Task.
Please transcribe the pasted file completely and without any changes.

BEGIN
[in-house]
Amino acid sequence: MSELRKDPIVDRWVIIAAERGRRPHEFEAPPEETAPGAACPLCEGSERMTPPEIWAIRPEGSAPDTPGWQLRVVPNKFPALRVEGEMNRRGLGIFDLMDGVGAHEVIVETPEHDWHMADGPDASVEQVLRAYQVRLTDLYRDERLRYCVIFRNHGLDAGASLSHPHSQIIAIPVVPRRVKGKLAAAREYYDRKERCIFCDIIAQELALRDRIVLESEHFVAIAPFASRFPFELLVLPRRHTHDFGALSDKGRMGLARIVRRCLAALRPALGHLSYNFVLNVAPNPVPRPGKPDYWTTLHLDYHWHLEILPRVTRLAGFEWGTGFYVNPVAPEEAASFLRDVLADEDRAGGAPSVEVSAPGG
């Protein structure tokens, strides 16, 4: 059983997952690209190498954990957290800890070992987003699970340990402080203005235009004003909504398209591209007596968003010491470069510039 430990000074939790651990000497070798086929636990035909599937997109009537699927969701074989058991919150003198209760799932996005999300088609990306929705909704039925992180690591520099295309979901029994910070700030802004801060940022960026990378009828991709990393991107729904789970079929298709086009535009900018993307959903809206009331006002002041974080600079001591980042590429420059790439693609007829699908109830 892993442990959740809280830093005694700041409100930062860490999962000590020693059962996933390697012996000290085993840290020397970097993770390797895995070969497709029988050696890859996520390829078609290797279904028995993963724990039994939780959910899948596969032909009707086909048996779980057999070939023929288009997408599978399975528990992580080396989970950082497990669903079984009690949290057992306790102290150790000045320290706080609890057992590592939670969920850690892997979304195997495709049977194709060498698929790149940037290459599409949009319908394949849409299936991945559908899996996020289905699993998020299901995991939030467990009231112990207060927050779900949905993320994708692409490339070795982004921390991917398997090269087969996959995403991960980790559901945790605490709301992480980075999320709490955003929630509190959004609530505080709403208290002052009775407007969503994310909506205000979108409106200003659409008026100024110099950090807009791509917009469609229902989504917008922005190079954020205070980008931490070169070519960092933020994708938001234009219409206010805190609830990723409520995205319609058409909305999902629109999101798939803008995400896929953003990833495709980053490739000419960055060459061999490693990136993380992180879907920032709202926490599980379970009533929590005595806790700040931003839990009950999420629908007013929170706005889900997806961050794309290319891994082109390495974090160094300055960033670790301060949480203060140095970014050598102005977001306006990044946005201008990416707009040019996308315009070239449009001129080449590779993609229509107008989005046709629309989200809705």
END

[in-house]
Amino acid sequence: MSELRKDPIVDRWVIIAAERGRRPHEFEAPPEETAPGAACPLCEGSERMTPPEIWAIRPEGSAPDTPGWQLRVVPNKFPALRVEGEMNRRGLGIFDLMDGVGAHEVIVETPEHDWHMADGPDASVEQVLRAYQVRLTDLYRDERLRYCVIFRNHGLDAGASLSHPHSQIIAIPVVPRRVKGKLAAAREYYDRKERCIFCDIIAQELALRDRIVLESEHFVAIAPFASRFPFELLVLPRRHTHDFGALSDKGRMGLARIVRRCLAALRPALGHLSYNFVLNVAPNPVPRPGKPDYWTTLHLDYHWHLEILPRVTRLAGFEWGTGFYVNPVAPEEAASFLRDVLADEDRAGGAPSVEVSAPGG
């Protein structure tokens, strides 16, 4: 059983997952690209190498954990957290800890070992987003699970340990402080203005235009004003909504398209591209007596968003010491470069510039 430990000074939790651990000497070798086929636990035909599937997109009537699927969701074989058991919150003198209760799932996005999300088609990306929705909704039925992180690591520099295309979901029994910070700030802004801060940022960026990378009828991709990393991107729904789970079929298709086009535009900018993307959903809206009331006002002041974080600079001591980042590429420059790439693609007829699908109830 892993442990959740809280830093005694700041409100930062860490999962000590020693059962996933390697012996000290085993840290020397970097993770390797895995070969497709029988050696890859996520390829078609290797279904028995993963724990039994939780959910899948596969032909009707086909048996779980057999070939023929288009997408599978399975528990992580080396989970950082497990669903079984009690949290057992306790102290150790000045320290706080609890057992590592939670969920850690892997979304195997495709049977194709060498698929790149940037290459599409949009319908394949849409299936991945559908899996996020289905699993998020299901995991939030467990009231112990207060927050779900949905993320994708692409490339070795982004921390991917398997090269087969996959995403991960980790559901945790605490709301992480980075999320709490955003929630509190959004609530505080709403208290002052009775407007969503994310909506205000979108409106200003659409008026100024110099950090807009791509917009469609229902989504917008922005190079954020205070980008931490070169070519960092933020994708938001234009219409206010805190609830990723409520995205319609058409909305999902629109999101798939803008995400896929953003990833495709980053490739000419960055060459061999490693990136993380992180879907920032709202926490599980379970009533929590005595806790700040931003839990009950999420629908007013929170706005889900997806961050794309290319891994082109390495974090160094300055960033670790301060949480203060140095970014050598102005977001306006990044946005201008990416707009040019996308315009070239449009001129080449590779993609229509107008989005046709629309989200809705």